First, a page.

Mixing Square Waves

Traditionally, loud music is made loud mostly in the final stage of production: mastering. Recording engineers capture recordings with wide dynamic range, mix engineers use compression strategically to make the various tracks work together, and a mastering engineer reduces the dynamic range of the mixed track as a whole to prepare it for duplication and broadcast.

This multi-stage approach, moving from wider to narrower dynamic range, is one of the reasons that loud music still sounds “good” – distortion levels are relatively low, mixes are coherent, and the average listener doesn’t seem to perceive a huge reduction in audio quality as a result of loud mastering.

Audio production in games is fundamentally different from music production. Instead of recording, mixing, and mastering we have

  • asset creation (which can include recording, sound design, and music and voice-over preparation)

  • and mixing (which for this discussion will include implementation)

and an insidious thing happens between the two: asset approval. Before mixing a game can even begin, every asset is individually scrutinized, sometimes by a single audio engineer or game designer, sometimes by a board of people. Because there’s no control over the context in which these sounds are presented, it’s likely they’ll be heard at monitoring levels that are either far too low or wildly inconsistent, which inevitably results in demands for louder, more impressive, mastered sounds. This reversal of the proper audio processing path – mastering then mixing instead of vice versa – is at the root of a lot of bad sound in games.

It’s almost impossible to mix using mastered sounds. A gun shot that sits at -6 dB RMS for 500 milliseconds is going to mask every other sound playing at the same time, and that gun is going to be fired a thousand times in a play session. When a second heavily-compressed sound (like, say, another gun) is played simultaneously, the two sounds are going to get smashed into the game’s limiter and become even more grossly distorted – the result is probably just going to sound like noise. The only way to manage the mix at all is with complex ducking schemes, and even then voice overs are constantly getting buried in score and SFX because there’s never enough time in development to ensure that these schemes work across an entire 10+ hour game.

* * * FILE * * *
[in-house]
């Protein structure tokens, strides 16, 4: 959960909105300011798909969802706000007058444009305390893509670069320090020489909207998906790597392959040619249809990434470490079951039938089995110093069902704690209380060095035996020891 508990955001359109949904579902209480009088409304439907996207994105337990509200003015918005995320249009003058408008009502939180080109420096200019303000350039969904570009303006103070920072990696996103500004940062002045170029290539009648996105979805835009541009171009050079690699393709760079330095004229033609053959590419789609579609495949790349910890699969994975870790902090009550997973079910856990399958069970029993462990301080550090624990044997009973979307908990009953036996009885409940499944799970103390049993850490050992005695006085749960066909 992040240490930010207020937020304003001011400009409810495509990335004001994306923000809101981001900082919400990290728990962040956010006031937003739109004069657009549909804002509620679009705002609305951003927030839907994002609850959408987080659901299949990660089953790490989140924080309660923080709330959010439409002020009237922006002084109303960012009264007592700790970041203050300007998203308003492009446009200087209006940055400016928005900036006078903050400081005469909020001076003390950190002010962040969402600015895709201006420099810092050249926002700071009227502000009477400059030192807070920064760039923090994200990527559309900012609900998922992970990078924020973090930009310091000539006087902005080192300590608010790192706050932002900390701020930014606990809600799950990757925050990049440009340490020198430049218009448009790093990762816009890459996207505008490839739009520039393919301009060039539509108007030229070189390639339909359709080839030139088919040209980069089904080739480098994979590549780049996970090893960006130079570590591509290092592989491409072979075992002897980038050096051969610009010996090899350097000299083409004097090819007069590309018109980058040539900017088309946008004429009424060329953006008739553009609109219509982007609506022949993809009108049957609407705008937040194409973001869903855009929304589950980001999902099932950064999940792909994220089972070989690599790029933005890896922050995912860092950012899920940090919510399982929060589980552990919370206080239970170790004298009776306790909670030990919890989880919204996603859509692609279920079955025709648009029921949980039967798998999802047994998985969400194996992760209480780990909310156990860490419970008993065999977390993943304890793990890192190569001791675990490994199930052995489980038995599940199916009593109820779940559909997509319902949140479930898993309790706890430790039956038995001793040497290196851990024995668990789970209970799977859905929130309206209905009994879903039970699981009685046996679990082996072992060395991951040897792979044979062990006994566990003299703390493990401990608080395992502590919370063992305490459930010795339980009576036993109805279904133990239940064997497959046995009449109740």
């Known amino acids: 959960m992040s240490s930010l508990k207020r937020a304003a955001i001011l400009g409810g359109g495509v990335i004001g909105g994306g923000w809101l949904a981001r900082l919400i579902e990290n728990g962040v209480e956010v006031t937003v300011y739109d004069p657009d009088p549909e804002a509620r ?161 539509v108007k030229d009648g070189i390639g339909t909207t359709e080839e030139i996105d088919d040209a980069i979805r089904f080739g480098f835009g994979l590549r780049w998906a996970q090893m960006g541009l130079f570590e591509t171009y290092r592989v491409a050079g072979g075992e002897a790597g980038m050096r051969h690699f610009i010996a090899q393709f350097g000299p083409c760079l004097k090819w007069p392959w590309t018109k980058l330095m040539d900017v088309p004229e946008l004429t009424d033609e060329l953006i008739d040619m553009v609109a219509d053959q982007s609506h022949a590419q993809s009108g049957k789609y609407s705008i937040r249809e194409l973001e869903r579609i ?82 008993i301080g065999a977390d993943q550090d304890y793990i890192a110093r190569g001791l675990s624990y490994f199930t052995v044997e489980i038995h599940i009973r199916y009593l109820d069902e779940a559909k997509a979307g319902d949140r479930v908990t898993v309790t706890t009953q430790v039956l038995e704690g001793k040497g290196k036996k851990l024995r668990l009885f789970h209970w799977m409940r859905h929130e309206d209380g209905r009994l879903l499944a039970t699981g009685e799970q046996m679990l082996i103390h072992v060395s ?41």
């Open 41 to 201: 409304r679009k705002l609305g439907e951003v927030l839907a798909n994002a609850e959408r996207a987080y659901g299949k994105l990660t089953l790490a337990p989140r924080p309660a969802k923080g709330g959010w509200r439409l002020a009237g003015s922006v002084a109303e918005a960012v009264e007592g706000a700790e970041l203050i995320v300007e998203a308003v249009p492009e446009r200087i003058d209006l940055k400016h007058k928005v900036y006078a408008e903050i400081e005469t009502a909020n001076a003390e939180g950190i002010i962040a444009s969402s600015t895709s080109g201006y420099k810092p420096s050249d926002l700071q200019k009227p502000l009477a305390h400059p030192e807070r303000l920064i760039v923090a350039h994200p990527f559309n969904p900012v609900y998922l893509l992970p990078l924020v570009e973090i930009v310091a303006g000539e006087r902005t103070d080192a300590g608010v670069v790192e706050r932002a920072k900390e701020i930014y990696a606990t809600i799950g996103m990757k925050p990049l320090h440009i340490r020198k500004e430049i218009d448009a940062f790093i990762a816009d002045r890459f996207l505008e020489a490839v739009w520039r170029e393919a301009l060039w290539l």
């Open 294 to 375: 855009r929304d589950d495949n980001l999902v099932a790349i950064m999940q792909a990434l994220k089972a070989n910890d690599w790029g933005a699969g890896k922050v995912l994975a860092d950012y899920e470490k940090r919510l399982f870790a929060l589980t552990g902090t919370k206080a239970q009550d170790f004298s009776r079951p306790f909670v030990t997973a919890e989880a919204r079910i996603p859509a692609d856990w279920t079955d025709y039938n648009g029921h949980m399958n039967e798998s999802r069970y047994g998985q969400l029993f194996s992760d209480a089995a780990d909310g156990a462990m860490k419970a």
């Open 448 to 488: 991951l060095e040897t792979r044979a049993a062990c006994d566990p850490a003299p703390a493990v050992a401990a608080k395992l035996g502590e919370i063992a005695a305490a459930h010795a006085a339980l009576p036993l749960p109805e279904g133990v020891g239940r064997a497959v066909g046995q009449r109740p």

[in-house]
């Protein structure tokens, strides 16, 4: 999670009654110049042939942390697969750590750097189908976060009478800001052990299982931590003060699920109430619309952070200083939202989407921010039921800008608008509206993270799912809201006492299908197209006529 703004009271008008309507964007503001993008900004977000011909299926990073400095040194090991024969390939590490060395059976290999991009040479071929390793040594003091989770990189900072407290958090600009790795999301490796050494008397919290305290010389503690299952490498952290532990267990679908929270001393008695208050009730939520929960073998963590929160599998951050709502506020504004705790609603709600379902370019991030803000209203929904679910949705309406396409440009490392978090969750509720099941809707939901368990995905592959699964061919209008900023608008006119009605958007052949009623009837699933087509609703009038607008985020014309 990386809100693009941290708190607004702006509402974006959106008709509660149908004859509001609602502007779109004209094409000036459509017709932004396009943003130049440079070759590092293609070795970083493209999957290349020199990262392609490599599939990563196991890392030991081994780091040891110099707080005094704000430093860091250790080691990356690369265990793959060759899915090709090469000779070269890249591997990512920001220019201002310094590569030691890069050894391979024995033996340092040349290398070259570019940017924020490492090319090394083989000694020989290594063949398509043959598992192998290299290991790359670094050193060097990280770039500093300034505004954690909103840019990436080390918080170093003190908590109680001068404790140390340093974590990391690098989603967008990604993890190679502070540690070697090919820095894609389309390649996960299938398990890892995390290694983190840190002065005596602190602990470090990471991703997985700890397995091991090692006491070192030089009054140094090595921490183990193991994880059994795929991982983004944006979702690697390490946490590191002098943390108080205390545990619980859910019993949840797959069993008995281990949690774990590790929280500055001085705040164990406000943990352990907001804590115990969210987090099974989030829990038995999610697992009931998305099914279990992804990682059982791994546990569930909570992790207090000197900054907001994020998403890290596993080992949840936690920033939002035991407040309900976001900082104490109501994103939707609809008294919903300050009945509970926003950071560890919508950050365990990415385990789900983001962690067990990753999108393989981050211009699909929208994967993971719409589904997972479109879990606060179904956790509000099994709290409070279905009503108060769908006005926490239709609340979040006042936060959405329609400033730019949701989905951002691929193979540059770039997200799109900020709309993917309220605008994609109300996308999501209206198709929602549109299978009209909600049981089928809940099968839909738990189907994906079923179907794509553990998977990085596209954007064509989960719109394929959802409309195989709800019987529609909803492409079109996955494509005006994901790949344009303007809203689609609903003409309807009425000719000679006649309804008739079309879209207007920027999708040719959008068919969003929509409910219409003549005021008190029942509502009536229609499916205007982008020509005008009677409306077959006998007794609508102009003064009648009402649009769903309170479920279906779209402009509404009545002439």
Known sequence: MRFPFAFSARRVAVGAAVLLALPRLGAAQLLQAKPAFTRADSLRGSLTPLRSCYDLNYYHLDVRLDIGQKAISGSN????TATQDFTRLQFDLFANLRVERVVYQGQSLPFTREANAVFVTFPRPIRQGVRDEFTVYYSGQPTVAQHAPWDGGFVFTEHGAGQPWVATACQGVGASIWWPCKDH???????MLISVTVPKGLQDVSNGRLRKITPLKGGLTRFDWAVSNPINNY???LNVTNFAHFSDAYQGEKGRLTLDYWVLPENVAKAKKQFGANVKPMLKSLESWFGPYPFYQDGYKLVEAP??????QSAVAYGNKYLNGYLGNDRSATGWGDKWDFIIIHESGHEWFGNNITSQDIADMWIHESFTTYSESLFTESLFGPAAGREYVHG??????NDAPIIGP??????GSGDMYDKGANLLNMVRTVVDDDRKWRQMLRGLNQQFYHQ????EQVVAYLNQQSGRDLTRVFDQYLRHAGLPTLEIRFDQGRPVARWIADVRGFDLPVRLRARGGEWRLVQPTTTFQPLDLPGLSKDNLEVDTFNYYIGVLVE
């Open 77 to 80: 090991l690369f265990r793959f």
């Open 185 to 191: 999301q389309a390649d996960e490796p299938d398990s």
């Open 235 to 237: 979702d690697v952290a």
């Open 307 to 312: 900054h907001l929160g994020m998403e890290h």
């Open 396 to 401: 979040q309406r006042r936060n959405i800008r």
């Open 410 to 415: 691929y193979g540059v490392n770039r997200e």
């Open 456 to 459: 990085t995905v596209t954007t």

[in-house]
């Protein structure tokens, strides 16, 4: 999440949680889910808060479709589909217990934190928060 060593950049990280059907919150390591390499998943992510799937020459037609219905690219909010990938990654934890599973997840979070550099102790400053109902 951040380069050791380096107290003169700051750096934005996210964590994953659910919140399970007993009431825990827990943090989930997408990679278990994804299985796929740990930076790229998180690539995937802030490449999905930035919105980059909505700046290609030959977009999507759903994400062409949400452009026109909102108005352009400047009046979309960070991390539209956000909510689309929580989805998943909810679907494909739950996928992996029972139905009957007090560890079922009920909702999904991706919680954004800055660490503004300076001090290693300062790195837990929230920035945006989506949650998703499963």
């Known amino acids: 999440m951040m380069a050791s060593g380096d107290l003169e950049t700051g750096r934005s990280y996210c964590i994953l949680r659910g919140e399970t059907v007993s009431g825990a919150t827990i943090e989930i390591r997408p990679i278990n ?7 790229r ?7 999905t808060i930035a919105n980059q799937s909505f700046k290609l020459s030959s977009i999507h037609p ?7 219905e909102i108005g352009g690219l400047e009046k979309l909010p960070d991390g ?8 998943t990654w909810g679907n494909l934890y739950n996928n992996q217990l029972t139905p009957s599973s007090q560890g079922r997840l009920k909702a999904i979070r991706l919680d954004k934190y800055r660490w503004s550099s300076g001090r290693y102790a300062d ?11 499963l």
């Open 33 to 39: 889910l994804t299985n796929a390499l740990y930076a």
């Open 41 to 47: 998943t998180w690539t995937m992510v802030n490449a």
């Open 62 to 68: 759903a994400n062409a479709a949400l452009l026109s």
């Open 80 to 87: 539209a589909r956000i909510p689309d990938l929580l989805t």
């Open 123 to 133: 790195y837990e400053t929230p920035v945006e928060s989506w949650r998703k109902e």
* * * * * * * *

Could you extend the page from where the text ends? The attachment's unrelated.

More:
And we’re putting up with all these mixing challenges in service of assets that sound awful: the misguided pursuit of exaggerated, over-the-top sounds ensures that they’re as distorted, harsh, and uncomfortable to listen to as possible. I praised Dead Space 2‘s modest startup sequence last week, but it has this problem in almost every one of its violent SFX – the saw gun and screaming baby monsters are basically just full-scale noise in the 2-4 kHz region, the resonant frequency band of our ear canal, literally making them the loudest, most annoying sounds possible. And they’re played back constantly.

These kinds of sounds could be reined in and still achieve the desired aesthetic goal. The following is a recording of the Scout’s guns from Team Fortress 2 – a game I love, but one I can’t listen to for a long time without needing to reach for either earplugs or aspirin:

The second is that same recording with some simple volume curve manipulation to give the gunshots a more reasonable dynamic envelope:

Both of these fit in with TF2’s aesthetic: the edited version is still beefy and cartoonish, and it retains the original’s punch. But, because it spends so much less time at its peak loudness, it’s less fatiguing to listen to repeatedly, and it would be much easier to mix with.

(I rendered those two with their overall level reduced by 3dB so that I could show this last one – this is what the guns could sound like if the game were mixed just 3dB quieter and the shots were given more dramatic dynamic treatment:

Note that while we perceive this version as being about as loud as version 2, the transients here are punchier and more exciting. This is one of the benefits of making quieter games. Grab all three versions here if you want to compare them in your DAW.)

Sounds as loud as the TF2 gunshots tend to cause another problem: volume creep. A single very loud sound in a game is like a cancer. It forces us to make other sounds louder so they compare favorably to it, and a plague of distortion spreads out to every audio asset in the game, eventually making them all sound like garbage. It’s basically an internal Loudness War (a Loudness Civil War?). In order to be heard at all next to the saws and screaming babies, Dead Space 2’s “stomp” sounds like it was run through a damn Tube Screamer.

To prevent volume creep, we need tighter control over a game’s audio at every stage of development. There are emerging standards for monitor calibration for video game mixing which would help bring game mixes more in line with other home entertainment media (you can read a little about them here, here, and here), but these standards need to extend beyond mixing. Asset creation and evaluation need to take place at or above this 79dB calibration level. Everyone contributing to the audio design needs to be on the same page.

I realize that in some cases it is perhaps unreasonable to expect every far-flung group working on a game to be able to conform to this standard, but I have an idea for a quick and dirty method of “calibration” that can at least ensure that no one on a team is monitoring at too low a level. In my next post I’ll test this idea in a video on making gun sounds!